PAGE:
Friday, February 14

Sweetheart Pincushions


I recently acquired the sweet vintage heart above, which started my quest to learn more about it and others I'd seen. The story I discovered made it even more precious to me!

During World War I, which began 100 years ago, these pincushions were made by convalescing and disabled British soldiers and sailors who stitched them as they recovered, and sent them home as tokens of their affection to loved ones.

I read that the tradition began in the nineteenth century with Queen Victoria, "an amateur practitioner of textile arts," who thought that the soldiers might find needlework a great distraction while far from home.

The cushions measure about 8 inches, and were decorated with beading, decoupage, ribbons, thread and trim. The materials to produce them were often purchased in kits from canteens and shops.

Mine has small decoupaged flowers on the curves of the heart, but many were adorned with ribbons that feature short mottos like "Forget Me Not," "Think of Me," or short snippets of verse. They often incorporated the name of the soldier's unit, their insignia or regiment's colors.

In a world where loved ones are little more than a phone call or email away, it is difficult for us to envision the despair of separation with little or no contact from our beloved. Just imagine the heartbreaking rush of emotion that the recipient of these tokens must have felt receiving them.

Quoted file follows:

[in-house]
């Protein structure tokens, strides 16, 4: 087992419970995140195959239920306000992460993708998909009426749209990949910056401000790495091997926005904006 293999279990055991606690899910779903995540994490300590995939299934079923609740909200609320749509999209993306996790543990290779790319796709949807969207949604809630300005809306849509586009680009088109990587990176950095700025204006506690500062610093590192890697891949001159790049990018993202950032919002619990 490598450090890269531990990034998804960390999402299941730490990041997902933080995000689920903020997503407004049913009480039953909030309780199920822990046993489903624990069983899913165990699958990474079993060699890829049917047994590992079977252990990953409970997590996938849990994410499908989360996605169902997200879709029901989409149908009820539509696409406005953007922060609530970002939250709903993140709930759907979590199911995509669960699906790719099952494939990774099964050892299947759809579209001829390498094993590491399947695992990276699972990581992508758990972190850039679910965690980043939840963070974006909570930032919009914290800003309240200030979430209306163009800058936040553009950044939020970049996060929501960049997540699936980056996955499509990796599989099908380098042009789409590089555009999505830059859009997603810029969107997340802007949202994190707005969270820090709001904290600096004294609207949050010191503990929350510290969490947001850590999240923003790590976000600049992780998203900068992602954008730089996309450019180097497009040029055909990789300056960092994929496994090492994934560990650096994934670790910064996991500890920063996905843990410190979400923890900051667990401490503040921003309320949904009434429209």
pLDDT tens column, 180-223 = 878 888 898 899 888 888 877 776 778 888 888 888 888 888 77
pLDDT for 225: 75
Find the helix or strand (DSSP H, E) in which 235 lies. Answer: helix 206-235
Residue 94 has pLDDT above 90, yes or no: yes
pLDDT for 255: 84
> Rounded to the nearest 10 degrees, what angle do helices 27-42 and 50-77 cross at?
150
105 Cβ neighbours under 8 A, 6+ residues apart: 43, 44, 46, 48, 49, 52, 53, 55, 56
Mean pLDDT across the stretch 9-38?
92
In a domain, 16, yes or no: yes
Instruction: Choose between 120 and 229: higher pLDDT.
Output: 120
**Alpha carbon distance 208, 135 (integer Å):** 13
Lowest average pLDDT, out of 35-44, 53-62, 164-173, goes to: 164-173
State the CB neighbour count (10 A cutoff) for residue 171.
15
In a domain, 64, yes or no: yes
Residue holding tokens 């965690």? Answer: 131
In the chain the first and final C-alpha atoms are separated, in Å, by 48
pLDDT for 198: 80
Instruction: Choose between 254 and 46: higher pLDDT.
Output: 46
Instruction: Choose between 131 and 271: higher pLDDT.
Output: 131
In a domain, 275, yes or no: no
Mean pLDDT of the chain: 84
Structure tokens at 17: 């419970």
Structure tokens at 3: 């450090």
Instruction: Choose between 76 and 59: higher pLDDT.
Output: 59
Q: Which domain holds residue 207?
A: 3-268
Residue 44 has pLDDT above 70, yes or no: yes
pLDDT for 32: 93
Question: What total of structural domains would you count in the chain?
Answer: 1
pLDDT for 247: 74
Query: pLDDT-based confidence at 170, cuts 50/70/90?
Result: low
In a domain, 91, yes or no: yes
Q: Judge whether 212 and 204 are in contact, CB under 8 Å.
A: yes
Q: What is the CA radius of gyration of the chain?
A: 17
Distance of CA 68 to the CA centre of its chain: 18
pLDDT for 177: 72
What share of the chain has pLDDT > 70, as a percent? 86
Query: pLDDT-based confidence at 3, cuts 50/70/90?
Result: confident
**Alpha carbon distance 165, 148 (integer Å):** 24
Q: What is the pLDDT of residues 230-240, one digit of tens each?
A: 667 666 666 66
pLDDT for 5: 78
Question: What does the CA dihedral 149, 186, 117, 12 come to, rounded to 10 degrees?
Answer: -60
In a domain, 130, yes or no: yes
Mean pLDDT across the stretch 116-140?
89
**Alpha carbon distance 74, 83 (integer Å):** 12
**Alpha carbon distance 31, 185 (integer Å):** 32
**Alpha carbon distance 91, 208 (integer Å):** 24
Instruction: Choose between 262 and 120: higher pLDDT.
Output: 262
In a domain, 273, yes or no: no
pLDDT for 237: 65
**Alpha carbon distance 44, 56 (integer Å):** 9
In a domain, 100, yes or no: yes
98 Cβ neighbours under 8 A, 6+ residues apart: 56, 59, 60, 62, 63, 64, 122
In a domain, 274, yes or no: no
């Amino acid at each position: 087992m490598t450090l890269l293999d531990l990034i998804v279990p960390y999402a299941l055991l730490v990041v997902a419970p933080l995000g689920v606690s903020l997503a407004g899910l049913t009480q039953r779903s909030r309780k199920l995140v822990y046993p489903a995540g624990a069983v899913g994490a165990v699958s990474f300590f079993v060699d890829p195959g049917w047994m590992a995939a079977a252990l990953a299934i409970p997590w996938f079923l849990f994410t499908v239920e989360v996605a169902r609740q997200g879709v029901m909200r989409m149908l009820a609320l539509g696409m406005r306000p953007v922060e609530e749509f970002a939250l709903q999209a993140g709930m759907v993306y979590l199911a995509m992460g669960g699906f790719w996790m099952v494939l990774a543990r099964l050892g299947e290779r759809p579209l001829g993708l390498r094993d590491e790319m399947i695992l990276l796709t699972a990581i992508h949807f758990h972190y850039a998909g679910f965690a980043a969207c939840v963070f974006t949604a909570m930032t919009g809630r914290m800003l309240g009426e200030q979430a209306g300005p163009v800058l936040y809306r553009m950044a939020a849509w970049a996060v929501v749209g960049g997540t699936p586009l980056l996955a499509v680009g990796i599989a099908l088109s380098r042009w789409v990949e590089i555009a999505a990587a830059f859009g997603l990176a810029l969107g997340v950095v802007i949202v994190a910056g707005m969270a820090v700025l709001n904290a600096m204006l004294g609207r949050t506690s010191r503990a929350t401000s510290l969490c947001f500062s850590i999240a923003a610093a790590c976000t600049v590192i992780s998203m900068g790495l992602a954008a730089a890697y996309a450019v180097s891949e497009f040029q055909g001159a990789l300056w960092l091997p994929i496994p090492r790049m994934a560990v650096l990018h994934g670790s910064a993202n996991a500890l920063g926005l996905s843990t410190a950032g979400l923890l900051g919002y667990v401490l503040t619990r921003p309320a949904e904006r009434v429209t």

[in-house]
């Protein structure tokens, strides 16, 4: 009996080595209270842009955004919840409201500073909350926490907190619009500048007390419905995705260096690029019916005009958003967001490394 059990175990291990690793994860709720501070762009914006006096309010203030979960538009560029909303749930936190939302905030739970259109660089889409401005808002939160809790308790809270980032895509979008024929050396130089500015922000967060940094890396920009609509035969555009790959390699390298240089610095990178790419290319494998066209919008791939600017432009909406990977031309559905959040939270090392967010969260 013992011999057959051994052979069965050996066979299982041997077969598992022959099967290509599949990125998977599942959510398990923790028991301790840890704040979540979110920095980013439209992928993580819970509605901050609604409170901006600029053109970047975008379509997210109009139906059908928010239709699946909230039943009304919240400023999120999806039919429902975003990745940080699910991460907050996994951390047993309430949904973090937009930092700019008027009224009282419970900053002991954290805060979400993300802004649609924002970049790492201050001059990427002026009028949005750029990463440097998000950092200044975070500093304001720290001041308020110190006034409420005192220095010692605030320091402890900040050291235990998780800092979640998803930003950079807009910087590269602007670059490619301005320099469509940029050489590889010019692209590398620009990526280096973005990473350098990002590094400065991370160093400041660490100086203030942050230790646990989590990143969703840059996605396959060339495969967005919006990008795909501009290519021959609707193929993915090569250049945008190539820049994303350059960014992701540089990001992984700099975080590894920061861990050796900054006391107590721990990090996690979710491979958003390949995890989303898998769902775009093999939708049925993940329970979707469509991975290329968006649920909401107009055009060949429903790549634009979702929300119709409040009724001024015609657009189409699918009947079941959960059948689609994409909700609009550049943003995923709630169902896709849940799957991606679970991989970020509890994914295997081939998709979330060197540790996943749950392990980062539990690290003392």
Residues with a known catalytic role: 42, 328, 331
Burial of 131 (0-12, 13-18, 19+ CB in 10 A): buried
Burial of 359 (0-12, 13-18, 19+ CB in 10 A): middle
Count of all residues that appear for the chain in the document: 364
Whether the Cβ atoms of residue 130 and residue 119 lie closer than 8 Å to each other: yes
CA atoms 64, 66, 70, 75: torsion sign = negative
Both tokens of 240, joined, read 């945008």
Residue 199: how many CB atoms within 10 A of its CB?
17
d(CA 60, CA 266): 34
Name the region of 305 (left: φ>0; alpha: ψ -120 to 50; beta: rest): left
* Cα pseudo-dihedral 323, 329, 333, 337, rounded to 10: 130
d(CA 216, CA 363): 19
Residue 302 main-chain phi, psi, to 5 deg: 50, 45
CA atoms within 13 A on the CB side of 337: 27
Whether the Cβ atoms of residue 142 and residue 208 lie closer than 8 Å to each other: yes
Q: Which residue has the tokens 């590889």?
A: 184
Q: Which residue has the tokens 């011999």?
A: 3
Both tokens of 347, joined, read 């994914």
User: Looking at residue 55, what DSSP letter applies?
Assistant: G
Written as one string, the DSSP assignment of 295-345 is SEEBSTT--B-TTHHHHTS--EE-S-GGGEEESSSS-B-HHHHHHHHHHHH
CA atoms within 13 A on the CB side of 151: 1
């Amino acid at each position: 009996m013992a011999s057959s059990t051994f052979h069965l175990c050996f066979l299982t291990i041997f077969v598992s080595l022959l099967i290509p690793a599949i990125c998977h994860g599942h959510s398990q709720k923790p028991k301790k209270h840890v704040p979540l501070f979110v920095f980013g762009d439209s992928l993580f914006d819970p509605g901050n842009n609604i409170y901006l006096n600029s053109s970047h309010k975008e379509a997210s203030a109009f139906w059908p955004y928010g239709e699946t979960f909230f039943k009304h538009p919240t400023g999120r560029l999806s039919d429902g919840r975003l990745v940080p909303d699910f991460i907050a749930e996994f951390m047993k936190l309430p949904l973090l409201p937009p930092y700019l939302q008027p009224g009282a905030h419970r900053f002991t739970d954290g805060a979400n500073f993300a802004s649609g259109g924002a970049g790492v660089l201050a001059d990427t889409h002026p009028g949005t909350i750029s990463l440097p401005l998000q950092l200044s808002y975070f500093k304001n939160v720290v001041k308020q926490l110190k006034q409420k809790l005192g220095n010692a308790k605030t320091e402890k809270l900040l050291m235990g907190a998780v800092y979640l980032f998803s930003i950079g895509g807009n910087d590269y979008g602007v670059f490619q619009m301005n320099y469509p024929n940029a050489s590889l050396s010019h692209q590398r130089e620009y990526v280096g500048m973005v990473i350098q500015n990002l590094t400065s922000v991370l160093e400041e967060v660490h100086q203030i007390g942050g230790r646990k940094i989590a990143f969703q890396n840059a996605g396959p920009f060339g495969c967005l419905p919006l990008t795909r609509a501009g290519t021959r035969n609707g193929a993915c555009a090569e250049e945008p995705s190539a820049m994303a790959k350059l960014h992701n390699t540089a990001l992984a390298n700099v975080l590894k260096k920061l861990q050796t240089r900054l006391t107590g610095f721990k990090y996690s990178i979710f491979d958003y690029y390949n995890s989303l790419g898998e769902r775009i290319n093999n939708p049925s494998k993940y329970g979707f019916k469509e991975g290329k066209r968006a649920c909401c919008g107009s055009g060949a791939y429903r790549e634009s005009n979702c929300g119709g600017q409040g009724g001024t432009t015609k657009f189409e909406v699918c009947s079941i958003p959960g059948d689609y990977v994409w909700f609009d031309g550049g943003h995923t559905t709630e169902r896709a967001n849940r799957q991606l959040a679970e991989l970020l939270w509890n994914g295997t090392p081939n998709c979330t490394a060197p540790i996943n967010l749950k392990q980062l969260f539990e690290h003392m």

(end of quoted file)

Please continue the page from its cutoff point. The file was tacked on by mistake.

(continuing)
It was with thoughts of the above that I started making my own sweetheart pincushions.

My first one has an anchor on the point - a nod to the British sailor who made the vintage heart that started my obsession.


My granddaughter, who is very fond of blue, asked if they came in her favorite color, so this next one was made for her.


This one holds a photo of my grandmother, and gave me the perfect opportunity to use some vintage metal bullion that I've been hoarding for several years.


This one was for my youngest granddaughter, and is not made of pins at all (to make it safe for her two-year-old hands). Thanks to my dear friend, Monica, and her sewing skills, who embroidered O's name on this purple ribbon for me. She has been my sewing partner while we've been stuck (ha ha) inside by the weather.


And, of course, I couldn't forget K. Boys enjoy receiving tokens too.


I am not finished making these hearts. Bits of velvet, silk, pins and beads are covering my kitchen table (and floor).

I totally "heart" these hearts.

Happy Valentines Day!

xo